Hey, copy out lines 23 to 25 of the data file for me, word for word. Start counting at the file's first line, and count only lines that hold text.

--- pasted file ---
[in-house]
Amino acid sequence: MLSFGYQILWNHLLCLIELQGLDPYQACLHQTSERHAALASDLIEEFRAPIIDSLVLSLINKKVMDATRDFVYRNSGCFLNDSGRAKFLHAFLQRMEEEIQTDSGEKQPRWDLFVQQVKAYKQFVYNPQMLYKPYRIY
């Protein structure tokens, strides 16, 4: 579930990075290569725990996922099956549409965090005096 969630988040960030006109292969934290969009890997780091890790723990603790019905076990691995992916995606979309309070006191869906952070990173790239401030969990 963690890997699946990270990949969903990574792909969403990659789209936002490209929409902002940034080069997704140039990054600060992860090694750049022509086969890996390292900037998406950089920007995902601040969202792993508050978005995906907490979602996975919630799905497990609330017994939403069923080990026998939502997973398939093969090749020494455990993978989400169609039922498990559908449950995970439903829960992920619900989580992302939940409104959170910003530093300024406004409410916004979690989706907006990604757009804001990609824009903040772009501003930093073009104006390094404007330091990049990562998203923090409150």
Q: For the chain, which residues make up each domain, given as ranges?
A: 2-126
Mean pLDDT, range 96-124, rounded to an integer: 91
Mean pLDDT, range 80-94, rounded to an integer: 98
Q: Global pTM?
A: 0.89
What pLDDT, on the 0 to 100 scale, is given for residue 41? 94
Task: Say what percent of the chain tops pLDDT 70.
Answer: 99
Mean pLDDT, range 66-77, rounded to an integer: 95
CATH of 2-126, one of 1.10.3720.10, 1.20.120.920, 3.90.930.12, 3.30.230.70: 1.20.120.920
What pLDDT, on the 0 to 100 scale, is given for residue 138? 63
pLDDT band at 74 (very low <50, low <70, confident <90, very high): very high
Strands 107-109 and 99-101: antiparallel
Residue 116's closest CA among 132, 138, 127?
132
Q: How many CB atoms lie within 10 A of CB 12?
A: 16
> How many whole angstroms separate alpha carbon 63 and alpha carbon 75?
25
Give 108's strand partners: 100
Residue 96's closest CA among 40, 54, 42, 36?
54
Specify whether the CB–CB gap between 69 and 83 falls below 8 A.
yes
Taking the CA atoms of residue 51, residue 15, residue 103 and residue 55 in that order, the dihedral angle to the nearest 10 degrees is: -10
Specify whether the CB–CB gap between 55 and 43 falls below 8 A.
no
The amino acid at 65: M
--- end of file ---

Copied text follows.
25
Give 108's strand partners: 100
Residue 96's closest CA among 40, 54, 42, 36?